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Adding scale markers to a scanned image

in a previous article we saw how a desktop scanner can be used for macro photography. Often it would be handy to include a visual reference of the scale of such pictures. In this howto I’m using asymptote to add accurate scales next to the picture.

The starting point is a scan of a laminate that I made. The scan was made at 3200 pixels per inch. I wanted to enlarge and show a 10 mm by 10 mm area of this picture. So I made a 10/25.4×3200= 1260 pixels by 1260 pixels cutout and saved that as a JEPG file named scan3200-uitsnede.jpg, setting the resolution to 300 pixels per inch to enlarge it. This picture is shown below. This laminate was made by resin infusion under vacuum. The resin used is a clear epoxy. The fabric used is a carbon fiber and dyneema hybrid.

JPEG image scan3200-uitsnede.jpg

We begin the asymptote file by setting an appropriate unitsize. Since the original picture was scanned at 3200 dpi, and the cutout at 300 dpi, we’re going to use a scale of 3200/300.

unitsize(10.667mm);

We can generate a Label from an image with the graphic function. This requires a file in encapsulated PostScript format, though. The conversion is done using ImageMagick.

convert scan3200-uitsnede.jpg eps2:scan3200-uitsnede.eps

The second argument to the convert command contains an explicit image format qualifier in the form of the eps2: string. This selects level II encapsulated postscript format. This format uses compression and is almost identical in size to the original JPEG file.

We can now embed the picture in the asymptote file.

label(graphic("scan3200-uitsnede.eps"), (5,5));

Because of the unitsize used, the picture is exactly ten units wide and high. Positioning the center at (5,5) ensures that the bottom left corner is at (0,0). We can now add the horizontal axis below the image. The dimensions of the axis are encoded in parameters so they can be easily changed. The axis is drawn half a unit below the image, and the tick marks extend to one unit below the image.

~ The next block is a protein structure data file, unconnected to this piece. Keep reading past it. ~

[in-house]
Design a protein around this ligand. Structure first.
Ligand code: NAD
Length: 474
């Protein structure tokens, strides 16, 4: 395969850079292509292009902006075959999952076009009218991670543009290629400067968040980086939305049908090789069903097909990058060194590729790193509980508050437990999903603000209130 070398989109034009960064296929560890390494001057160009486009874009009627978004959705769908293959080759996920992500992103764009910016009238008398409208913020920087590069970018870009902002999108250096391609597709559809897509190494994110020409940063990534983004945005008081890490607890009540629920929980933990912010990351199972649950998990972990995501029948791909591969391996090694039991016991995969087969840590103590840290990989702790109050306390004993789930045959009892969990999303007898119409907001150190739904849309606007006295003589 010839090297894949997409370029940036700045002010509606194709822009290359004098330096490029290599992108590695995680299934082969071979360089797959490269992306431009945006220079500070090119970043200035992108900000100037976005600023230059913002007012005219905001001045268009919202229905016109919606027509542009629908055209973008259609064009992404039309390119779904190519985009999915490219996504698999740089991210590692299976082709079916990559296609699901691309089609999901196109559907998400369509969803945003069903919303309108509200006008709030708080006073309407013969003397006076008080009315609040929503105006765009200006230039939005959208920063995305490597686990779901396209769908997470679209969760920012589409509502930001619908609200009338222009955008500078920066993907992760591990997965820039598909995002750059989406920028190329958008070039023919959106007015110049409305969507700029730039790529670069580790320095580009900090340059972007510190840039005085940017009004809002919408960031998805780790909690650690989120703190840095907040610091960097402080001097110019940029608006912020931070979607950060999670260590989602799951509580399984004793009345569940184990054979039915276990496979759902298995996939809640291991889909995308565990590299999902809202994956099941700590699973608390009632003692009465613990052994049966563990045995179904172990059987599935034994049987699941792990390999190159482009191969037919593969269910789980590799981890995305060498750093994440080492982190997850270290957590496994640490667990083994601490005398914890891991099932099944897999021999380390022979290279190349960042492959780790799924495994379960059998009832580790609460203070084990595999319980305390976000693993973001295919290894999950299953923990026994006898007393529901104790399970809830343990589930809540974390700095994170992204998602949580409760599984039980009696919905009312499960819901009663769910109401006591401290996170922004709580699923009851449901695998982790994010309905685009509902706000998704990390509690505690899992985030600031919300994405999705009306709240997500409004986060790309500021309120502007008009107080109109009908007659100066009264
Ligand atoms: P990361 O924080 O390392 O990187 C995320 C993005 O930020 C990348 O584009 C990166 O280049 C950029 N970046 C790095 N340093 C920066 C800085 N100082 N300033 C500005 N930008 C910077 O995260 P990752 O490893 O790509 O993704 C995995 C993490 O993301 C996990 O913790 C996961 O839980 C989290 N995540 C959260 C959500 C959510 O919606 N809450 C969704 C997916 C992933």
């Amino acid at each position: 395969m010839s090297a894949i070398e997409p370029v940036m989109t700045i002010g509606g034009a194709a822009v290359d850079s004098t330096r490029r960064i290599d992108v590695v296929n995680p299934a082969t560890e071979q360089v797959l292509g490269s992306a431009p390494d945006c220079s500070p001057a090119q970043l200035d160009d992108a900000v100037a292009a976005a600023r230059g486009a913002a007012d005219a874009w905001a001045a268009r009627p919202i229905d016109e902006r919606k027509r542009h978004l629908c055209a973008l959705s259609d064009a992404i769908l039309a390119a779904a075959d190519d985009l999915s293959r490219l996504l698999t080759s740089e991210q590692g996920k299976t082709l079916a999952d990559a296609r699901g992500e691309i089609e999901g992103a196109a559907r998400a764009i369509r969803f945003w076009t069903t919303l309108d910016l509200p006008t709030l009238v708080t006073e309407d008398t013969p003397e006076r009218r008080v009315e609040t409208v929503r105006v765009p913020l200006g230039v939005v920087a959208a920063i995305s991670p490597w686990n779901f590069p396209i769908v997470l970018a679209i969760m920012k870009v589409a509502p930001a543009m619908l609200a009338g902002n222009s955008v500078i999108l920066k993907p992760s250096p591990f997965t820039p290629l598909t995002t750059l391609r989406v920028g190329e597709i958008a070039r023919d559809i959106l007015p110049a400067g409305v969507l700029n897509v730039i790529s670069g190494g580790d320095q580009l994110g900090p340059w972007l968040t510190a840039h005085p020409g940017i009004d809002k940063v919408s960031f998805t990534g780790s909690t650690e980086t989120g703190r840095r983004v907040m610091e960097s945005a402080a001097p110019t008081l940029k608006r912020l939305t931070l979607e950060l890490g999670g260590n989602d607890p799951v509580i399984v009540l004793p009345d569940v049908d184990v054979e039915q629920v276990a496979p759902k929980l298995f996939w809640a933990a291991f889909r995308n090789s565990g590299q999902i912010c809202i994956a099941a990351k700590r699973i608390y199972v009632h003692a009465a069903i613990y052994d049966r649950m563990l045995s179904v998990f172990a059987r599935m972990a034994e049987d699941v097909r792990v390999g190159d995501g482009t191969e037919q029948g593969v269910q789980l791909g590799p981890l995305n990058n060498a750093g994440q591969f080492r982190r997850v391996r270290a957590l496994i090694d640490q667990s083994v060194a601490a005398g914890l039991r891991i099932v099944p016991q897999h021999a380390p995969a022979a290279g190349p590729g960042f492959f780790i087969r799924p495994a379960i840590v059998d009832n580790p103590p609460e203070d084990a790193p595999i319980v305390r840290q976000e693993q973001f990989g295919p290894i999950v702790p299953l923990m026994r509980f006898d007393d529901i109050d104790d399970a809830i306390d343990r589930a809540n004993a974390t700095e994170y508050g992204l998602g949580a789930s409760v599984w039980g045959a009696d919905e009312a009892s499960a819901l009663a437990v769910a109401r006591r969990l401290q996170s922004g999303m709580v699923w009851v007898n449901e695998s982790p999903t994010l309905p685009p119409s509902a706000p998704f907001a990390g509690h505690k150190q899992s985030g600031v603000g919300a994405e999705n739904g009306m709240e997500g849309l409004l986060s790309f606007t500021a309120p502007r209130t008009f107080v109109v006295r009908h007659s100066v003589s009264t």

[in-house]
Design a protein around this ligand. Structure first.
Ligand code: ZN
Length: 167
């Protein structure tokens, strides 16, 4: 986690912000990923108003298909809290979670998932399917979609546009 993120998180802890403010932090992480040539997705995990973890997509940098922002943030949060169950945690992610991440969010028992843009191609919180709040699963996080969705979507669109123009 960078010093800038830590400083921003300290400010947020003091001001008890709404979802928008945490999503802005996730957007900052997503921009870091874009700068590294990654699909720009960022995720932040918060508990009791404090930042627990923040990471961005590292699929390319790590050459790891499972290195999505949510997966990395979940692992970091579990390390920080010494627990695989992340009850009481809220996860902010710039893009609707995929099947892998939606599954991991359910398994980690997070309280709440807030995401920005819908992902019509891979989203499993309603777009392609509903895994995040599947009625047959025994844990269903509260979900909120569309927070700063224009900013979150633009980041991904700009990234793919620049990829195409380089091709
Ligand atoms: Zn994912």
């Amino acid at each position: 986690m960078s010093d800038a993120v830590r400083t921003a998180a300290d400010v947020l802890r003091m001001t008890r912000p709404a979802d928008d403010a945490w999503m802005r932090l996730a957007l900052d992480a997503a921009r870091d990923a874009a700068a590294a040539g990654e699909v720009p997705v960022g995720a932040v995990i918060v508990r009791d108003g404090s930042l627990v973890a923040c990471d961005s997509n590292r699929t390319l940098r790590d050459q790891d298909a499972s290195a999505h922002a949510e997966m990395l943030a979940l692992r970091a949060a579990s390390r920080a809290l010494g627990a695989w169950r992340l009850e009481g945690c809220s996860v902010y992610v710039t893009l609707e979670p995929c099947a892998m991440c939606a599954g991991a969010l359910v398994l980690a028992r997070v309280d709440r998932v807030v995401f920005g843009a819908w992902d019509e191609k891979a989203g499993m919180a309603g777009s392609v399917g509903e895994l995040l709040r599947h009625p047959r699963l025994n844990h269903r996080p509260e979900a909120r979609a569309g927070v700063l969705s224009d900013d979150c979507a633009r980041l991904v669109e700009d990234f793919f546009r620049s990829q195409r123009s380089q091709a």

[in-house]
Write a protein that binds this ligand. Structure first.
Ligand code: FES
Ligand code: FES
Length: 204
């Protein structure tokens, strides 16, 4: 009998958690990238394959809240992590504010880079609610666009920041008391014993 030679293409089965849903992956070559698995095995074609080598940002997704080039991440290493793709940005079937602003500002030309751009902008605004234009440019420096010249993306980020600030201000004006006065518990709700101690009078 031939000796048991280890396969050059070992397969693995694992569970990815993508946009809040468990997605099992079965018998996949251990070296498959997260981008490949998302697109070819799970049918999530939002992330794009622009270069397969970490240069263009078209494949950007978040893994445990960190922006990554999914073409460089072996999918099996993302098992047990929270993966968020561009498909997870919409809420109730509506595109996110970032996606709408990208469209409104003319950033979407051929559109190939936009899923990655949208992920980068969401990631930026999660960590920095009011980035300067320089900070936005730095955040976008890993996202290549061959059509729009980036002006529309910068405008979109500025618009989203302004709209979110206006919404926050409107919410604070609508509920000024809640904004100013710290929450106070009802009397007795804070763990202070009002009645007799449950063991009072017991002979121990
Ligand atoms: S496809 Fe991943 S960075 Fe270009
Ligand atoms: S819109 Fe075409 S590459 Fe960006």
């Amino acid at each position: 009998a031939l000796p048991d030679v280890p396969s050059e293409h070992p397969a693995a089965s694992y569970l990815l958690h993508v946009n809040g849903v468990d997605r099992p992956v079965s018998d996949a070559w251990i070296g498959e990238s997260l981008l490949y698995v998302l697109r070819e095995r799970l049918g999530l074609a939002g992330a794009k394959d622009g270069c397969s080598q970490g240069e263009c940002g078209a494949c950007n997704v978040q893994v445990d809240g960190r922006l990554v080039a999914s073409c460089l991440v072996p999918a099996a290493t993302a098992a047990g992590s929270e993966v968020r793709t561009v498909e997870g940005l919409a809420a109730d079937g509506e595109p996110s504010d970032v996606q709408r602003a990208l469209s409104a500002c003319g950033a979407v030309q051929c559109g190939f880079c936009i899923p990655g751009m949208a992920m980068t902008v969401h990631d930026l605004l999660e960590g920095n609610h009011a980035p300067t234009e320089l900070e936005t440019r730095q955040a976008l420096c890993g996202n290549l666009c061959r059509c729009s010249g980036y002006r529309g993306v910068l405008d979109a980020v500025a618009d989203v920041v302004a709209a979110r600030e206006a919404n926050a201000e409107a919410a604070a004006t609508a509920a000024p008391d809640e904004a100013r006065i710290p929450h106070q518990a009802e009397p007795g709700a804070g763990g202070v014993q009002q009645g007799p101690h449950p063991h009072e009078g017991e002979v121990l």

picture xaxis;
int xlength = 10;
real offset = -0.5, tickto = -1;
draw(xaxis, (0,offset)--(xlength,offset));
for (int i=0; i<=xlength; i+=1) {
    draw(xaxis, (i,offset)--(i,tickto));
    label(xaxis, Label(format("%d", i)), (i,tickto), S);
}
label(xaxis, Label("mm"), (xlength+.8,tickto-.1), S);
add(xaxis);

The axis in drawn a separate picture to make it easier to manipulate. This will be clear when we put in the vertical axis.

picture yaxis;
int ylength = 10;
offset = 0.5; tickto = 1;
draw(yaxis, (0,offset)--(ylength,offset));
for (int i=0; i<=ylength; i+=1) {
    draw(yaxis, (i,offset)--(i,tickto));
    label(yaxis, Label(format("%d", i)), (i,tickto), N);
}
label(yaxis, Label("mm"), (ylength+.8,tickto), N);
add(rotate(90)*yaxis);

Here the whole axis is drawn horizontally (much like the horizontal axis) to keep the labels aligned with the axis. It is rotated through 90° before being drawn. This is much easier than drawing it yourself. Especially if you would have to draw an axis under a weird angle of say 23°.

The asymptote file is then processed into a PDF file.

asy -q -f pdf -noprc scan3200-uitsnede.asy

This results in a file scan3200-uitsnede.pdf which is prefectly suited for e.g. inclusion in LaTeX documents.

For showing the result here I used ImageMagick again to make JPEG file.

convert -density 300 scan3200-uitsnede.pdf -scale 79.4% \
-flatten scan3200-uitsnede2.jpg

This picture is shown below.

JPEG image with scale markers

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